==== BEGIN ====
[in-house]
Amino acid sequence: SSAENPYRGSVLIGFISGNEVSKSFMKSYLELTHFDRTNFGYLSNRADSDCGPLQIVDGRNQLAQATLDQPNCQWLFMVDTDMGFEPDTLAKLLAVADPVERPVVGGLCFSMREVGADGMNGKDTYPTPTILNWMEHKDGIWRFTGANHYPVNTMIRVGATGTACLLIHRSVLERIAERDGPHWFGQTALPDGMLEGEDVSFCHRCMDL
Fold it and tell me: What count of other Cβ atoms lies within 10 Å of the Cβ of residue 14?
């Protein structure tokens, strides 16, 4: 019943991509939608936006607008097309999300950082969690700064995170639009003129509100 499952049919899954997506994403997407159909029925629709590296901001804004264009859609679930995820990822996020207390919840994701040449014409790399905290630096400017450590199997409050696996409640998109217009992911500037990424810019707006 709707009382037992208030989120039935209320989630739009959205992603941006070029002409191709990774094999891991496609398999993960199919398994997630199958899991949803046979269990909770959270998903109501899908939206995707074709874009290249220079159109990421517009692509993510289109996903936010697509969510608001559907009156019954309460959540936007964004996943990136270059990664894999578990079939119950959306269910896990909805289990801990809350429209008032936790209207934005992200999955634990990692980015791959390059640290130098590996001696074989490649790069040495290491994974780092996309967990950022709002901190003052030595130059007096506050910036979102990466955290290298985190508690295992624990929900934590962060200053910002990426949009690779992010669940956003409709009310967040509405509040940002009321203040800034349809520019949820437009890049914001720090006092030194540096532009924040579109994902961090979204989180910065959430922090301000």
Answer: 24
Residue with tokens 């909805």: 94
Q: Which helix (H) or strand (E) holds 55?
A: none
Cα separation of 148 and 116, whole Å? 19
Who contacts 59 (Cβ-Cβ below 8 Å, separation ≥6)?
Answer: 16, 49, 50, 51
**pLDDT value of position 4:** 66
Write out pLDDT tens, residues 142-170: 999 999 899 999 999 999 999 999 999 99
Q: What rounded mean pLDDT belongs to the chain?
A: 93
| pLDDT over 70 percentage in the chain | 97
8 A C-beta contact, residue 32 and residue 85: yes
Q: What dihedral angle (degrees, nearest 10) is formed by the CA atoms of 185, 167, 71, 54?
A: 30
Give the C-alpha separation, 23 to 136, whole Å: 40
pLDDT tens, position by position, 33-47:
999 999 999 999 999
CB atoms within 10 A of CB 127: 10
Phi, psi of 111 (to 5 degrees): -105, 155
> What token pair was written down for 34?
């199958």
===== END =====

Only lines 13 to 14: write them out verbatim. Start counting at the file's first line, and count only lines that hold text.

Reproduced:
Write out pLDDT tens, residues 142-170: 999 999 899 999 999 999 999 999 999 99
Q: What rounded mean pLDDT belongs to the chain?